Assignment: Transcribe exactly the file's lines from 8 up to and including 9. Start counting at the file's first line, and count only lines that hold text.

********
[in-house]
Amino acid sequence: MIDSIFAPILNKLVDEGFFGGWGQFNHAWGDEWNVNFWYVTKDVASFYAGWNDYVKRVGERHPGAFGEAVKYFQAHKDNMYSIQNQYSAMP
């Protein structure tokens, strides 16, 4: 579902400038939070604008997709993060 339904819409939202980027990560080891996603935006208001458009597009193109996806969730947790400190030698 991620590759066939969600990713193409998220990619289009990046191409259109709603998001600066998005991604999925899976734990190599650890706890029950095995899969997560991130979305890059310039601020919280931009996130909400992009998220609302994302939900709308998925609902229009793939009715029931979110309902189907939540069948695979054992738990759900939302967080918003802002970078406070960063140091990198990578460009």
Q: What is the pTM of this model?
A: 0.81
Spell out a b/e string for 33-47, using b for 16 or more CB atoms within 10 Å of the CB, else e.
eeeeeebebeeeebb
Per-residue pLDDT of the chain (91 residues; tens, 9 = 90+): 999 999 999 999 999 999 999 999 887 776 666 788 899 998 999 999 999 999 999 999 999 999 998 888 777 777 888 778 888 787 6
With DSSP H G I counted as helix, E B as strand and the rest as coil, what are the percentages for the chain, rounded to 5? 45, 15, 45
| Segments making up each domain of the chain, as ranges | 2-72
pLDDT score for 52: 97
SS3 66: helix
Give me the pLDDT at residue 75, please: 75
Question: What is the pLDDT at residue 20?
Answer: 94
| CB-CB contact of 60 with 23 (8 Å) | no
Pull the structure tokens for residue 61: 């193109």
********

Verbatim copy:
Per-residue pLDDT of the chain (91 residues; tens, 9 = 90+): 999 999 999 999 999 999 999 999 887 776 666 788 899 998 999 999 999 999 999 999 999 999 998 888 777 777 888 778 888 787 6
With DSSP H G I counted as helix, E B as strand and the rest as coil, what are the percentages for the chain, rounded to 5? 45, 15, 45